Last night’s show: 27 patrons. Tonight’s show: 7 pre-sales, according to the midnight Vendini report.
“Life is precious, so what will you do with your time?” This is a line I wrote and say each night as Martin. It’s always been funny/interesting to me how life takes on the themes or ideas of a show I am working on. As I was piecing this one together, the idea of what it is about crystallized after the first draft—“you’re here and then you’re not.”
When interviewed for this, I was consistently asked why I wanted to do this. It’s because that idea of “you’re here and then you’re not” is one that needs to be said. We need to be reminded of this and how we shouldn’t take people or things for granted. Not a fun answer that would drive people to the show so I said other things. Part of doing this was as penance for taking the work of the Dentons for granted.
Whenever I’d argue with my grandmother, she’d say, “You’ll miss me when I’m gone.” That never diffused the situation and usually made it worse. But she was right. I miss her.
I’m not engineered to put things out of my head. I’m not able to put on happiness when something is wrong. I don’t ignore things until they go away or something better happens. Doing that doesn’t make me stronger. I dig at it until it no longer has power over me. Doing this helps me put things in their place and heal more quickly. It’s not the most fun thing to be around. But when I’m done processing it, I no longer feel like it is driving me. It is less likely to cloud unrelated interactions I have. I’m not saying this is a better way to live. It’s the way I get through life. If I write a memoir it will be titled, “If I Was More Fun and Better Looking, We’d All Enjoy This More.”
A month ago, a first cousin once removed was diagnosed with lymphoma. A tumor grew around her esophagus and arteries. When the doctors informed with my cousin and her husband that their daughter was brain dead from lack of oxygen, her heart stopped. She was 8. I did not really know her. My dad said she was very bright, curious, and joyful. Full of wonder for things like butterflies that you’d take for granted. I don’t yet know what to do with this. It is senseless.
On Tuesday at 6pm, I left my Clark Kent job for the day, got on a Citibike outside the building, and was hit by a car in the intersection of 41st and 8th. I had the light and I was biking across to get to the bike lane that’s on the left side of those partitions in the middle of 8th Ave. He came out of nowhere. It was like the end of the last episode of “The Sopranos.” I just had this weird, “why am I on the ground” feeling. I think my time in stage combat or stunt classes kicked in. I had shot my left arm up and landed on my side.
My elbow was scraped as I posted yesterday. My left ankle is a little tight, but I’m not in pain. I was rattled but I was wearing my helmet. It was hot and noisy. A bunch people yelled, “Are you ok, buddy?” I did not think I needed medical attention. My glasses on my face did not break. I did not get his license or info. He asked me why I was biking across and all I could say was, “I thought I had the light.”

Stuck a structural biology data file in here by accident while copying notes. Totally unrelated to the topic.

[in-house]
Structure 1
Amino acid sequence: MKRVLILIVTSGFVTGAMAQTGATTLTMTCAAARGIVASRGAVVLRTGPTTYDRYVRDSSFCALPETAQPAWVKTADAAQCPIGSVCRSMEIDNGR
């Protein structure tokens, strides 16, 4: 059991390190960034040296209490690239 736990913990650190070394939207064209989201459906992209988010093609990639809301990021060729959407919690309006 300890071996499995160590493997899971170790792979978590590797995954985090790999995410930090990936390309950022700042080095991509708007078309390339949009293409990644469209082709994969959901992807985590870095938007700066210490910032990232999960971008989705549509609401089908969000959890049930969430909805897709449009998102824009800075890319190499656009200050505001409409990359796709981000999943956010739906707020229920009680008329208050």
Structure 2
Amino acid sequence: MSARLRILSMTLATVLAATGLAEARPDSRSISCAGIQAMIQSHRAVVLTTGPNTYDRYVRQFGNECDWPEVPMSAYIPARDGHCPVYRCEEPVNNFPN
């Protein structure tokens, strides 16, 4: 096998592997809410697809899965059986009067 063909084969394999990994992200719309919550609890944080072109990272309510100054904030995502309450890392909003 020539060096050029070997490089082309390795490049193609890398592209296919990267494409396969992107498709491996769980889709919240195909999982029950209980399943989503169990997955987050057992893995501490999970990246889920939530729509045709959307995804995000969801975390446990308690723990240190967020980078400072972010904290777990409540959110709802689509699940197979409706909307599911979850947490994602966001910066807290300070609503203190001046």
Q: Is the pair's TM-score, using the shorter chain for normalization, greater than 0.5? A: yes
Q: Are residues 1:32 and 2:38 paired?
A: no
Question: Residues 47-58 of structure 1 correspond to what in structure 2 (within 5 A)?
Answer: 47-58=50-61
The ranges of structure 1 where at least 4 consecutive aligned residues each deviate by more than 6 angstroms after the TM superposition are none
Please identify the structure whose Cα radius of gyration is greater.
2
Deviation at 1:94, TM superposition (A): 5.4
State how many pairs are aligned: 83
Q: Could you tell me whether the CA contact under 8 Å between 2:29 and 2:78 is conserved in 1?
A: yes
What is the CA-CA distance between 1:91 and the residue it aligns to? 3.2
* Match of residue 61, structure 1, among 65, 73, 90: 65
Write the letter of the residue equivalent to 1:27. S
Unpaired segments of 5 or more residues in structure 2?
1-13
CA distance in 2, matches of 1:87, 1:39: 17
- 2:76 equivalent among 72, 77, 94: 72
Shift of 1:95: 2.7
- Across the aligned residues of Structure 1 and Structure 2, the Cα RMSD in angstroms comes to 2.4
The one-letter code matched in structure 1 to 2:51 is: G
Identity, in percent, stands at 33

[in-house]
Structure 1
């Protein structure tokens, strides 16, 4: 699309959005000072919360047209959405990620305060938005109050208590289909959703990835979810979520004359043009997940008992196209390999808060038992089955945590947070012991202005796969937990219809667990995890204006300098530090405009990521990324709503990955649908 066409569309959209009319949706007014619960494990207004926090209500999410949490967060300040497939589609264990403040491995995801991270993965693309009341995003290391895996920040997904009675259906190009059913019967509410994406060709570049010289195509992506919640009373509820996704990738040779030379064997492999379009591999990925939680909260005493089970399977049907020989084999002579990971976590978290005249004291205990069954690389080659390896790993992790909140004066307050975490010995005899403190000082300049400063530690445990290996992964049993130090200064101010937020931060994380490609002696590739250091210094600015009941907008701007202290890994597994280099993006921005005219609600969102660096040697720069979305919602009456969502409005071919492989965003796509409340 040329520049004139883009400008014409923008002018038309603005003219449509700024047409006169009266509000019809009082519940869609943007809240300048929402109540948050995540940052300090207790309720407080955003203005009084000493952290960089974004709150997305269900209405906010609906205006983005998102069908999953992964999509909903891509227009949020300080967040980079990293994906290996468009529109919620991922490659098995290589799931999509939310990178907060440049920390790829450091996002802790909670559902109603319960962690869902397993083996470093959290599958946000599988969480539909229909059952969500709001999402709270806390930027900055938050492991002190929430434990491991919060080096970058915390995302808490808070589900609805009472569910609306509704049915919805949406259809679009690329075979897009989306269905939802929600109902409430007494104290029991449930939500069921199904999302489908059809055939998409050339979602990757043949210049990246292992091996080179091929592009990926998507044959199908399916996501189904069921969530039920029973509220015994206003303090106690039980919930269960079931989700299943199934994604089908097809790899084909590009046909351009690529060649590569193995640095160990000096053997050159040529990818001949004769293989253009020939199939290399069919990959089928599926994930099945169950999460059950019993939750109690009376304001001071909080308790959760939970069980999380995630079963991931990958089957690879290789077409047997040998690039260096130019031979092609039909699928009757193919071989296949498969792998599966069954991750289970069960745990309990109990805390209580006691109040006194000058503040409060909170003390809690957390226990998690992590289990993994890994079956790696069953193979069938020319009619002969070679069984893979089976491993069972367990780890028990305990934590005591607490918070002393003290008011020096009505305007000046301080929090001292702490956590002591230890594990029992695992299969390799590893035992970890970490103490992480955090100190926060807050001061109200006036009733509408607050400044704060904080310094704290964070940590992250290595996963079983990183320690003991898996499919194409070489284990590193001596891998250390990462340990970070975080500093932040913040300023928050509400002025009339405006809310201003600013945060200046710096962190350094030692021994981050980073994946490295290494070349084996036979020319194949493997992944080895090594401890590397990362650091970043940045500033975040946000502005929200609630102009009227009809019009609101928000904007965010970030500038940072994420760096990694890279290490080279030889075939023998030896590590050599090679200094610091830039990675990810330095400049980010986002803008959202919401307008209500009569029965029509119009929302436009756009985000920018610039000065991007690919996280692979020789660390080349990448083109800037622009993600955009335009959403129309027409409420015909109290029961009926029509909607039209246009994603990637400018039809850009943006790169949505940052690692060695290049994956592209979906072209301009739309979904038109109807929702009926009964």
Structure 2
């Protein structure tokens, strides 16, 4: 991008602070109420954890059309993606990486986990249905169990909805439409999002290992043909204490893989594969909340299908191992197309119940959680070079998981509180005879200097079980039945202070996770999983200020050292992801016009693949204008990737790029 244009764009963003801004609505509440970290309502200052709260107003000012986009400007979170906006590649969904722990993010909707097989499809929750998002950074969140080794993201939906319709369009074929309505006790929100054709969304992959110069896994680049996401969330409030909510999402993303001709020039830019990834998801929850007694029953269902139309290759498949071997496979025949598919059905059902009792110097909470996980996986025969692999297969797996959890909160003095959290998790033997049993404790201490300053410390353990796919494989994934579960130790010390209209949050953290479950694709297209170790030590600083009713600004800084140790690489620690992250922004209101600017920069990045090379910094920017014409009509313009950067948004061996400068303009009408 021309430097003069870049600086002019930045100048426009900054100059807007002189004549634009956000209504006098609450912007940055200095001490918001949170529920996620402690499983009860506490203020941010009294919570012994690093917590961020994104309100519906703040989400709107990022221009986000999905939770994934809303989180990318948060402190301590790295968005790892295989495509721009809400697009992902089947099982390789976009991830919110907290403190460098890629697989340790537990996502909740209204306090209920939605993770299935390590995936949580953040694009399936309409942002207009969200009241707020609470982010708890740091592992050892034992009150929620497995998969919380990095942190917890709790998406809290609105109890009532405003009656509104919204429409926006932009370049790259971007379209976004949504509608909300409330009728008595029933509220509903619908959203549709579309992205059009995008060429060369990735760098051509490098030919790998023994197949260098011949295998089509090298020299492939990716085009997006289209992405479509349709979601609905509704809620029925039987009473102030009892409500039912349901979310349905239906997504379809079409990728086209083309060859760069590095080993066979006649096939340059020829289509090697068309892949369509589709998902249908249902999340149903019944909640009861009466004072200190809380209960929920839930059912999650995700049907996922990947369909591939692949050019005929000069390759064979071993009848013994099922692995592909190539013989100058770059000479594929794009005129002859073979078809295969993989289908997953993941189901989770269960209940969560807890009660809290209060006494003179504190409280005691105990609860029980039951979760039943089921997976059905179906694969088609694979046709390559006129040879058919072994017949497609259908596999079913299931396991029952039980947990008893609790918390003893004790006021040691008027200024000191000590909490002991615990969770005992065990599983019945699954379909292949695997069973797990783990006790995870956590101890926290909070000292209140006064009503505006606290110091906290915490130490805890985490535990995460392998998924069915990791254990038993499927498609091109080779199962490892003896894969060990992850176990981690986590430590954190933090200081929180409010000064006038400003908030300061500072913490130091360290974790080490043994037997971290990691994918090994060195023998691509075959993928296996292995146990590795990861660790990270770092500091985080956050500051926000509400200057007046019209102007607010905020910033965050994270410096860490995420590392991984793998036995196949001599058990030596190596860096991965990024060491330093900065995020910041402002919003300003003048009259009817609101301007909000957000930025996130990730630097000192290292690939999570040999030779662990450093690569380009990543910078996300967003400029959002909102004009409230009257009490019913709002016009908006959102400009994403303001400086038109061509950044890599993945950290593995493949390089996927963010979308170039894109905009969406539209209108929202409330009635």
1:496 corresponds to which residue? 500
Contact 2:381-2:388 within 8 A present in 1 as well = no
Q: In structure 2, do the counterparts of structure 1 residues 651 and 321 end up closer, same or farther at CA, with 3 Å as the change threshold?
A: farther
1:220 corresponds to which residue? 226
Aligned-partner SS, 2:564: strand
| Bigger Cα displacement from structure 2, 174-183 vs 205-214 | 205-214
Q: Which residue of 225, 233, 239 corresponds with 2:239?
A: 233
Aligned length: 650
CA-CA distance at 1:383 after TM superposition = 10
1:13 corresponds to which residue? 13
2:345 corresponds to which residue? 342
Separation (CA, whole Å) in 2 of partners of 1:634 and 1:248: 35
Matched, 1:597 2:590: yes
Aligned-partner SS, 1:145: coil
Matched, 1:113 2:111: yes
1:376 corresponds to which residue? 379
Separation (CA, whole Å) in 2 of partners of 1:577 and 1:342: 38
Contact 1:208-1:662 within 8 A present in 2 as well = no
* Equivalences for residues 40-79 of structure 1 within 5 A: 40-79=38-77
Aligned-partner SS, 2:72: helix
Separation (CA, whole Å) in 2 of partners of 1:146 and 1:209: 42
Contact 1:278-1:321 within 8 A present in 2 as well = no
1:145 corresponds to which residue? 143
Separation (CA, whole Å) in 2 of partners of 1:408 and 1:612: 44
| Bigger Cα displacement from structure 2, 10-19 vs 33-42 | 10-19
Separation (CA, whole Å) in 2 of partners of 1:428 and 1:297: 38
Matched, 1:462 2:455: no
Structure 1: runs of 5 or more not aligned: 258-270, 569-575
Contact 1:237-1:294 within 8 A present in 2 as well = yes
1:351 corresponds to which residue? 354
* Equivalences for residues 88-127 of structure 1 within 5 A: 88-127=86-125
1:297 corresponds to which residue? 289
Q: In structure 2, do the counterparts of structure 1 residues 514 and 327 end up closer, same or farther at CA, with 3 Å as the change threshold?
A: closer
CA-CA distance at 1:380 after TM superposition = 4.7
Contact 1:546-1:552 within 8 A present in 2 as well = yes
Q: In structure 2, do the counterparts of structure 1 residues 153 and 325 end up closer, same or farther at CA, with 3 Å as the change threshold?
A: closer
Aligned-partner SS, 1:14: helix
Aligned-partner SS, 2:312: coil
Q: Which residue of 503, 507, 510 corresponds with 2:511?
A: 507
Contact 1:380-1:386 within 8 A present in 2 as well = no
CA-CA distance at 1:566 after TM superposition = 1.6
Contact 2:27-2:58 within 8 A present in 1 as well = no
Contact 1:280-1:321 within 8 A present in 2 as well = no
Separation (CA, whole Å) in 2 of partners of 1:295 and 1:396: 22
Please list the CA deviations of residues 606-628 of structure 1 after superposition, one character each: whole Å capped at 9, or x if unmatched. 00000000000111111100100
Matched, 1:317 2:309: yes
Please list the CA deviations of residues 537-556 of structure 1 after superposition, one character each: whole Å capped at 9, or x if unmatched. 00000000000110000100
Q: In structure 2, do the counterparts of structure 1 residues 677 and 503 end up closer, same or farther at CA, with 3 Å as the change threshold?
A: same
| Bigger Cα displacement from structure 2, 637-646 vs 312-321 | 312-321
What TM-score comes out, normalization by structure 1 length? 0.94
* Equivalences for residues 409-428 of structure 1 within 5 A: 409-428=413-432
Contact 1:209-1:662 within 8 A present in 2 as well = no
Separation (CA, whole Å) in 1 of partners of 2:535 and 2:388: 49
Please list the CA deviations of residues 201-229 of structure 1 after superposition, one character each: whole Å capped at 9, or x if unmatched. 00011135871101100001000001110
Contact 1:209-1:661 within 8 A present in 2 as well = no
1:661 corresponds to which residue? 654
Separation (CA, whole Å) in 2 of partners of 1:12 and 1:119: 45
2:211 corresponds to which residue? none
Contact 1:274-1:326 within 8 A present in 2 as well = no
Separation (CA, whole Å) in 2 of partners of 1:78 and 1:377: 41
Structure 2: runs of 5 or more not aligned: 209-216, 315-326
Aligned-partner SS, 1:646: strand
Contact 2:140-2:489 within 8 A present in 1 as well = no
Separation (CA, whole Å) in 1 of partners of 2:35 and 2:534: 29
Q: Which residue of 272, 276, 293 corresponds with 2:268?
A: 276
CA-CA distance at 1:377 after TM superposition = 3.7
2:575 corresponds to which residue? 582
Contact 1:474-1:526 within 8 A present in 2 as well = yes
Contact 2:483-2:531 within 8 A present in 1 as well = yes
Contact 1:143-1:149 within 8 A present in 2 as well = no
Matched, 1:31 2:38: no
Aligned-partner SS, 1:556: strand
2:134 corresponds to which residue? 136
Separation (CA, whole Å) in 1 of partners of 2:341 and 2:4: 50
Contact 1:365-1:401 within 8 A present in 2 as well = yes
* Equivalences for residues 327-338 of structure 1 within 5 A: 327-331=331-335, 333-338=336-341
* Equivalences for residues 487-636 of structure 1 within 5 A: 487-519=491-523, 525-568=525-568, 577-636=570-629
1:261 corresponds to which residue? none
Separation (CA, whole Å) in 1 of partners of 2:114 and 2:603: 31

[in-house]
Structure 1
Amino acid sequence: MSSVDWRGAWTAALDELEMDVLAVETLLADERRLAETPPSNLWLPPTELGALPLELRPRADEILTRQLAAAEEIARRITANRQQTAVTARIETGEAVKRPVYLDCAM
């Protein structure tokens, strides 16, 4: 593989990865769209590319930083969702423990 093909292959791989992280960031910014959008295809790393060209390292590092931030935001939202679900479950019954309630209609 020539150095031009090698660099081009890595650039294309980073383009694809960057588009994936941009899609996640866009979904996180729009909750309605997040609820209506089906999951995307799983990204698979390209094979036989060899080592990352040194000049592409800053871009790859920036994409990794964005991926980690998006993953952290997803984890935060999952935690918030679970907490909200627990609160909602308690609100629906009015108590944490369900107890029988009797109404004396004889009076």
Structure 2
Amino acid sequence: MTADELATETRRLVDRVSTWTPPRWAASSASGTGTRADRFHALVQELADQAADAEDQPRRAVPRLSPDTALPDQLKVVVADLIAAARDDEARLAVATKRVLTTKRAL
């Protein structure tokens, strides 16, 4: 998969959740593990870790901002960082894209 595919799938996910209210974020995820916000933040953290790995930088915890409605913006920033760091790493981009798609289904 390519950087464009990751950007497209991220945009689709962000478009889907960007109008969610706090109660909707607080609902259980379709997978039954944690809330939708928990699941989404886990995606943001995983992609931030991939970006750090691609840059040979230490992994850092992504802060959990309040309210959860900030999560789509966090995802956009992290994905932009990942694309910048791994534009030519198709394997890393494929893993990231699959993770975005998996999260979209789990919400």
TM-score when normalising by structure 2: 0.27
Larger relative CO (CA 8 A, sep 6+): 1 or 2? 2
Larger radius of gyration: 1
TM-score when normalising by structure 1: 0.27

The bike and the car took the brunt of it. I phoned Citibike and made them aware of the situation. I have not received an incident report from them. I don’t know what kind of car that was but the front part of it seemed to be mostly plastic. There was an intricate spider web crack all over it. My guess is that he floored it to make it through the light because I did not see him coming. I did not hear his brakes. I got on the subway and went home. I pondered what sort of karma payment I had just made or if that was the down payment for something bigger.
The way I see it, my main purpose in life is to make Aimee happy. Staying healthy and alive are big parts of that. I was expecting her to be made at me. She wasn’t. That could have been my number. It wasn’t.
I took my helmet the next morning and was 50/50 about biking vs. taking the train to the office. I got to the station and had just missed one. I thought I would take the train since it was hot and then bike home. But I knew I’d obsess all day about this and feel scared. So instead, I got a bike and pedaled into work. Since most of my ride is in Central Park, it was a nice and peaceful ride. That allowed my terror to go away. I biked home at the end of the day. I went right through where I was hit the previous evening. I thought, “I made it through the worst part. The rest of the ride is just a ride.” And it was.
Last night, we got the news that Sidiki Fofana passed away. I posted about how we had just seen him a couple weeks before he was suddenly put on life support. How could someone so full of life suddenly be on the ropes? He was the best of what the world has to offer. He truly was. I will write more about him but it really hurts too much to say more than this right now.
Maybe I’m crazy but I sometimes talk to the city like it is a being with great powers. Like it’s a modern Greek god. Usually I do this near or in Central Park, which I think of as the heart of the city. I’ll say, “Ok, New York, stop pushing me around and give me something here.”
You can’t freeze time or hold on to things. Life is essentially unfair and you have to deal with it on those terms and make the best of it.
I’m a little on edge today. Gotta get my head in the game for tonight. Fridays have been the nights that require more work from us. Tonight’s show is for Sidiki. And my relative, and people pushed out of both the city and the theater by things out of their control. Otherwise, I couldn’t do it.